As for House … They want to believe in him, badly. He has that great body, and bat, with loads of power. He plays an excellent shortstop, with nimble feet, and a big arm. They have only one, big, fat question: Will he hit for enough average, with acceptable quantities of strikeouts, to justify a pick this early, this essential to their future competitiveness?
Oooh, boy. This is why baseball specializes in danger in any draft. It simply is not a sport that offers certainty that the NFL, NBA, and even NHL bring with their cream-of-the-crop talents.
The Tigers are known to have worked out House a few weeks ago, spanning two days, at their Lakeland complex. They got the full picture. They did not necessarily receive a mandate to draft him at three.
But with more storm warnings about prep pitchers than Florida saw this week with Elsa’s approach, House could well be Detroit’s man Sunday.
As for the other guys …
Yes, the Tigers genuinely like all the guys who figure to go in those top 10 spots Sunday. Leiter, as mentioned, they consider a marvel, albeit slightly undersized. Davis, the Louisville catcher, isn’t much of a catcher but will hit wherever he ends up, which probably will be Boston.
Lawlar, the Dallas shortstop, is a near-immaculate athlete. But it isn’t only the Tigers who worry about his bat against premier pro pitching.
Kumar Rocker? The Tigers are high on him, as well. He offers a direct contrast, physically, to his Vandy teammate, Leiter, in that Rocker is 6-foot-5, 245 pounds. It’s his command, not to mention thoughts he might soon end up in a bullpen, that have dissuaded the Tigers.
Those next picks
It’s easy to forget the Tigers will be selecting very quickly once that first round wraps up. They have the 32nd turn, courtesy of their Competitive Balance status. This is a MLB creation that allows the Reds, Marlins, Twins, Rays, and Brewers to each have a bonus pick between the first and second rounds — an acknowledgment that these teams are among needier franchises, thanks to market size and past records.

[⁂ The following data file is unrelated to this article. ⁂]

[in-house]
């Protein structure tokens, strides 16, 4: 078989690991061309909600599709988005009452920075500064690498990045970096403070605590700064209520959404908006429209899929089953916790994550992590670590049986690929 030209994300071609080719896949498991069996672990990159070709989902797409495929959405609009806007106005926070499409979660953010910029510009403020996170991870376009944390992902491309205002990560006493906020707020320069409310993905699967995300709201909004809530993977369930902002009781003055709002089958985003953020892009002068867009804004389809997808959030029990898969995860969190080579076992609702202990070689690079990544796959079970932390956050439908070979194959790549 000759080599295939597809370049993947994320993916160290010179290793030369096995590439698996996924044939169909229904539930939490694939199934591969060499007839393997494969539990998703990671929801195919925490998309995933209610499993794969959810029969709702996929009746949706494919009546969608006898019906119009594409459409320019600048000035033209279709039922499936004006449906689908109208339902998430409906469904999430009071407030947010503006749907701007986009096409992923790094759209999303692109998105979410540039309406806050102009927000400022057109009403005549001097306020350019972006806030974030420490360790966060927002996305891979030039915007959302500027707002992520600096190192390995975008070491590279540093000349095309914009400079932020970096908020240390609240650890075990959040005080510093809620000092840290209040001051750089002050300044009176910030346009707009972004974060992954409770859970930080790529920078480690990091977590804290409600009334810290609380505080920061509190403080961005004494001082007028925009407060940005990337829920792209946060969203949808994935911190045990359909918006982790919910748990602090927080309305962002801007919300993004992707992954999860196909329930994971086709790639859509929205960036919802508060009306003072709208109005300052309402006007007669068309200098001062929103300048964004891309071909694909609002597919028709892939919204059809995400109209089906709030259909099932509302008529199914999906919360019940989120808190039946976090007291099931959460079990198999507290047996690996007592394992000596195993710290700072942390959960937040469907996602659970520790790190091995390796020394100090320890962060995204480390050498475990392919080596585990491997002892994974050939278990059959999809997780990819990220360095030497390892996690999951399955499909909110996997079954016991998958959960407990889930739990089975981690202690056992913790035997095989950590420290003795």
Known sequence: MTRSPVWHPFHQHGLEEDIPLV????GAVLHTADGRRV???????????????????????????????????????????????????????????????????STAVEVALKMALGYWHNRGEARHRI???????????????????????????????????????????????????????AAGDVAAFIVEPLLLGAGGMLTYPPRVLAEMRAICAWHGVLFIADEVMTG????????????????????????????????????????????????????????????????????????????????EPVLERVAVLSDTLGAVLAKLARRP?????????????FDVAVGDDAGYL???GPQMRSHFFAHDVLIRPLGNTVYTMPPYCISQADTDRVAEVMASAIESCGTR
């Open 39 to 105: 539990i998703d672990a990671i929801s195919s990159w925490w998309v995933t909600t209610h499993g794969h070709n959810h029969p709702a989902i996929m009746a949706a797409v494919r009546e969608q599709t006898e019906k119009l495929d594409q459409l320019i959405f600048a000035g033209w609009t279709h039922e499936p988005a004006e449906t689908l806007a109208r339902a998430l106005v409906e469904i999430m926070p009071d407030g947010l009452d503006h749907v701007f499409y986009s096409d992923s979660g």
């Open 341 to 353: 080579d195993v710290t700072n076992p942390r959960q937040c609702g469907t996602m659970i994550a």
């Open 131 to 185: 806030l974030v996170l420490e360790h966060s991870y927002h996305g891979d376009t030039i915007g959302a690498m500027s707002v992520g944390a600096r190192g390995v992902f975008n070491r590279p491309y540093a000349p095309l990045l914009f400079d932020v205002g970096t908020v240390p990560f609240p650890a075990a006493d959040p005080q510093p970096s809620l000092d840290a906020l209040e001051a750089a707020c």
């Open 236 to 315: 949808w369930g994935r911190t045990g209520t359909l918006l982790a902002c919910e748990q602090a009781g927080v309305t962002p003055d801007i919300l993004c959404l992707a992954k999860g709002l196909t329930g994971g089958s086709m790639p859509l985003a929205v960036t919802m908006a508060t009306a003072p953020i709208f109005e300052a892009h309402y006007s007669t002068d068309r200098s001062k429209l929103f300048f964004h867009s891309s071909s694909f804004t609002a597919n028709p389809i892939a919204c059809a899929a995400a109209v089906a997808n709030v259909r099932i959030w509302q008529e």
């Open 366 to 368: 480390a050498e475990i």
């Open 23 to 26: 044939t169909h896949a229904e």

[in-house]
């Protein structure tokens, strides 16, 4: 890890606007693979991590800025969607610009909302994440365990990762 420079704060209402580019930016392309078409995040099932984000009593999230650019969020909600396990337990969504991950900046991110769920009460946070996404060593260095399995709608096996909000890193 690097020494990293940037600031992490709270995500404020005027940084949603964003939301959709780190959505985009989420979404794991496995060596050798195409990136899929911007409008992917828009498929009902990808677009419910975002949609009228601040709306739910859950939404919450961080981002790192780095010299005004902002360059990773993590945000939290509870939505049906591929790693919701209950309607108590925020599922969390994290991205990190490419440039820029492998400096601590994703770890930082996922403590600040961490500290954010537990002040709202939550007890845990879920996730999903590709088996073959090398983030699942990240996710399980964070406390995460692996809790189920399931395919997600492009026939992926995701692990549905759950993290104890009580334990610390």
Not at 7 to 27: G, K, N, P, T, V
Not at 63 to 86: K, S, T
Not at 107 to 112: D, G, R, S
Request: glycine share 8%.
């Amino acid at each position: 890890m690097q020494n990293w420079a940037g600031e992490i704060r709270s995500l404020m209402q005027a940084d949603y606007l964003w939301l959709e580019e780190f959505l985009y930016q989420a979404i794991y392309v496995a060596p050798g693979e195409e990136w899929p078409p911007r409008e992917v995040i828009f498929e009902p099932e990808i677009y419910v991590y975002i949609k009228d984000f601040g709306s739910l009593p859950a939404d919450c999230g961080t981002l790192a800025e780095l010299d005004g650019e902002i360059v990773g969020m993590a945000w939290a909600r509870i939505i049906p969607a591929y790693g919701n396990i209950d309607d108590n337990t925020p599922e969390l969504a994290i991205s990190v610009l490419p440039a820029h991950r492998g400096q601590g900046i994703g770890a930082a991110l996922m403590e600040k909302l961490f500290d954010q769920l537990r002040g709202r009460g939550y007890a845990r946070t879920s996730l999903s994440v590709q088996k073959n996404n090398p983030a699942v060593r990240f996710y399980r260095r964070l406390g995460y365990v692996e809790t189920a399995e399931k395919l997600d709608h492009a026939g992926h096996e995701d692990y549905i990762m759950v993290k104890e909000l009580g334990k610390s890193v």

It is difficult, nearly prohibitively difficult, to imagine who will be there at 32 who would entice Detroit.
If you care to take a stab, don’t rule out Alex Mooney from Orchard Lake St. Mary’s. He’s quite a shortstop and would offer the Tigers some insurance if they choose Jobe over House. Mooney has a Duke commitment and isn’t likely to sidestep his scholarship — unless a team makes it so financially sweet that Mooney bites. There is wiggle room for the Tigers, but this isn’t a scenario to bet on.
More likely, the Tigers will find a quality pitcher or different position player at 32, just as they will find when they choose again at 39, with their true second-round turn.
Ah, that distorted draft order
It’s ridiculous, flat-out ridiculous. Manfred decided last year that lending credence to the COVID-crimped, 60-game regular season would require a carryover into 2021’s draft.
It was not good judgment.
Quality teams could legitimately play their way into what last season was a 16-team playoff, but MLB teams at the bottom end of the spectrum need to be assessed more judiciously. They are more sensitive to draft needs and draft order than the better-heeled clubs that were good enough to qualify for October’s tournament.
Manfred should have made an easy call here: Base this year’s draft on the teams’ final 162 games — extending into the 2019 season — or use cumulative records from 2019 and 2020. That would have been a far more accurate measure of where teams rested in terms of their deeper competitive status and their rebuilding timelines.
The Tigers would have had the first pick had either the final 162 regular-season games, or combined 2019 and 2020 records, been used to determine 2021 draft order.
But they lost, because of Manfred’s stubbornness. It isn’t the most acute injustice in America in 2021, but where it really stands out as silly is that the Red Sox, who won a World Series three years ago and are back in first place in the American League East, pick fourth. The Nationals won the world championship in 2019 and 11 months later were judged by way of 60 games to be the 11th-worst team in baseball. They, of course, choose 11th Sunday evening.
Not only is Detroit losing out (probably) on Mayer, you can be sure those third turns in each of the subsequent rounds also will cost them a player or two they otherwise would have grabbed.
That’s not a sour-grapes local take. It’s an example of how a commissioner blew this year’s draft order in the same manner NHL boss Gary Bettman shafted the dirt-poor Red Wings with his nonsensical lottery arrangement in 2020.
Scouts are skittish about the 2021 draft. Last year collapsed the amateur baseball world. A pandemic wiped out schedules, summer leagues, showcase events — all the routine exposures scouts count on to size up prospects and talents heading into 2021.
This month, far more than in past seasons, teams are operating minus some bedrock background they depend upon in an industry already too fraught with hopes, wishes, and misses.
But MLB clubs also are doing their most sophisticated work in memory, by way of video and analytics, to reduce their own version of the strikeout. The Tigers are included there.
We’ll know Sunday night, and through Tuesday, in whom they’ve staked faith. A necessary reminder there is that faith, as we know from other applications, is a belief in something which can’t be proved.
Lynn Henning is a freelance writer and former Detroit News sports reporter.